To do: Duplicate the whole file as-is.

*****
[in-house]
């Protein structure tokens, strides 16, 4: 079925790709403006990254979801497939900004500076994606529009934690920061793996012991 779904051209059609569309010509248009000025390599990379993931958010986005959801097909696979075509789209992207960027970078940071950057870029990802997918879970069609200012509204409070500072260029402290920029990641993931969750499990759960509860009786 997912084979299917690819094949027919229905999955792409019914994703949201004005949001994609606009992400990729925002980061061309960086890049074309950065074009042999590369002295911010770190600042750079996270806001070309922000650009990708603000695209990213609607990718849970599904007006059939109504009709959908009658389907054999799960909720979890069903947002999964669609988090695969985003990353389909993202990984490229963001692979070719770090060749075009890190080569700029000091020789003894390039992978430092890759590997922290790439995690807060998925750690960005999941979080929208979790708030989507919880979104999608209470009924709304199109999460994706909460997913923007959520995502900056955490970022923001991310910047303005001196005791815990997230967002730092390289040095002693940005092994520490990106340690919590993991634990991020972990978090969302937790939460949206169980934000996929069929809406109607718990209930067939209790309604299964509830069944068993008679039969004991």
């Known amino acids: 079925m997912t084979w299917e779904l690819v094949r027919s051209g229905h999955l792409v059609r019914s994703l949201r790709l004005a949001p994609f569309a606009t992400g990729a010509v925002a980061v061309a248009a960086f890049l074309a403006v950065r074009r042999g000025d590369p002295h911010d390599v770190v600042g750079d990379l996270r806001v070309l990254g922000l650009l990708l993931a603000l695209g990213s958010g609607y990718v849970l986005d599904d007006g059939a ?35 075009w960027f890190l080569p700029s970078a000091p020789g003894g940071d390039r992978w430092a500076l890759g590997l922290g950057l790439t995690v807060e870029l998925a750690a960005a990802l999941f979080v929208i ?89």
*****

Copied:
[in-house]
């Protein structure tokens, strides 16, 4: 079925790709403006990254979801497939900004500076994606529009934690920061793996012991 779904051209059609569309010509248009000025390599990379993931958010986005959801097909696979075509789209992207960027970078940071950057870029990802997918879970069609200012509204409070500072260029402290920029990641993931969750499990759960509860009786 997912084979299917690819094949027919229905999955792409019914994703949201004005949001994609606009992400990729925002980061061309960086890049074309950065074009042999590369002295911010770190600042750079996270806001070309922000650009990708603000695209990213609607990718849970599904007006059939109504009709959908009658389907054999799960909720979890069903947002999964669609988090695969985003990353389909993202990984490229963001692979070719770090060749075009890190080569700029000091020789003894390039992978430092890759590997922290790439995690807060998925750690960005999941979080929208979790708030989507919880979104999608209470009924709304199109999460994706909460997913923007959520995502900056955490970022923001991310910047303005001196005791815990997230967002730092390289040095002693940005092994520490990106340690919590993991634990991020972990978090969302937790939460949206169980934000996929069929809406109607718990209930067939209790309604299964509830069944068993008679039969004991």
């Known amino acids: 079925m997912t084979w299917e779904l690819v094949r027919s051209g229905h999955l792409v059609r019914s994703l949201r790709l004005a949001p994609f569309a606009t992400g990729a010509v925002a980061v061309a248009a960086f890049l074309a403006v950065r074009r042999g000025d590369p002295h911010d390599v770190v600042g750079d990379l996270r806001v070309l990254g922000l650009l990708l993931a603000l695209g990213s958010g609607y990718v849970l986005d599904d007006g059939a ?35 075009w960027f890190l080569p700029s970078a000091p020789g003894g940071d390039r992978w430092a500076l890759g590997l922290g950057l790439t995690v807060e870029l998925a750690a960005a990802l999941f979080v929208i ?89």